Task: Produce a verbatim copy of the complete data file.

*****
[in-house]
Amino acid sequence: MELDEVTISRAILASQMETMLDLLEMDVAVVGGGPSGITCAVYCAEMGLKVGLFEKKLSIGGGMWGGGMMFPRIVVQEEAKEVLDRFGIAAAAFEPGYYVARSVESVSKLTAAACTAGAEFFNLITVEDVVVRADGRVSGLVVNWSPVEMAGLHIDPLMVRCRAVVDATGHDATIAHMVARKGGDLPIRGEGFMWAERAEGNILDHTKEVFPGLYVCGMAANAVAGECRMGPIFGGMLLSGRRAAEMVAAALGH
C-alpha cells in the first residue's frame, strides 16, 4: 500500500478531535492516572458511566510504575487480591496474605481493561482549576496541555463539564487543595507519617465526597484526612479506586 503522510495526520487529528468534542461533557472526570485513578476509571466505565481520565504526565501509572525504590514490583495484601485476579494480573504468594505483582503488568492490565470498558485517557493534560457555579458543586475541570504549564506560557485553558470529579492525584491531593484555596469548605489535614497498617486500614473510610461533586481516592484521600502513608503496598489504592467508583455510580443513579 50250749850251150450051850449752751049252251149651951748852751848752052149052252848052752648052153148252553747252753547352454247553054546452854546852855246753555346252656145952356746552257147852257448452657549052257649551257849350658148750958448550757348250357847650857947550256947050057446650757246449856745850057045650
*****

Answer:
[in-house]
Amino acid sequence: MELDEVTISRAILASQMETMLDLLEMDVAVVGGGPSGITCAVYCAEMGLKVGLFEKKLSIGGGMWGGGMMFPRIVVQEEAKEVLDRFGIAAAAFEPGYYVARSVESVSKLTAAACTAGAEFFNLITVEDVVVRADGRVSGLVVNWSPVEMAGLHIDPLMVRCRAVVDATGHDATIAHMVARKGGDLPIRGEGFMWAERAEGNILDHTKEVFPGLYVCGMAANAVAGECRMGPIFGGMLLSGRRAAEMVAAALGH
C-alpha cells in the first residue's frame, strides 16, 4: 500500500478531535492516572458511566510504575487480591496474605481493561482549576496541555463539564487543595507519617465526597484526612479506586 503522510495526520487529528468534542461533557472526570485513578476509571466505565481520565504526565501509572525504590514490583495484601485476579494480573504468594505483582503488568492490565470498558485517557493534560457555579458543586475541570504549564506560557485553558470529579492525584491531593484555596469548605489535614497498617486500614473510610461533586481516592484521600502513608503496598489504592467508583455510580443513579 50250749850251150450051850449752751049252251149651951748852751848752052149052252848052752648052153148252553747252753547352454247553054546452854546852855246753555346252656145952356746552257147852257448452657549052257649551257849350658148750958448550757348250357847650857947550256947050057446650757246449856745850057045650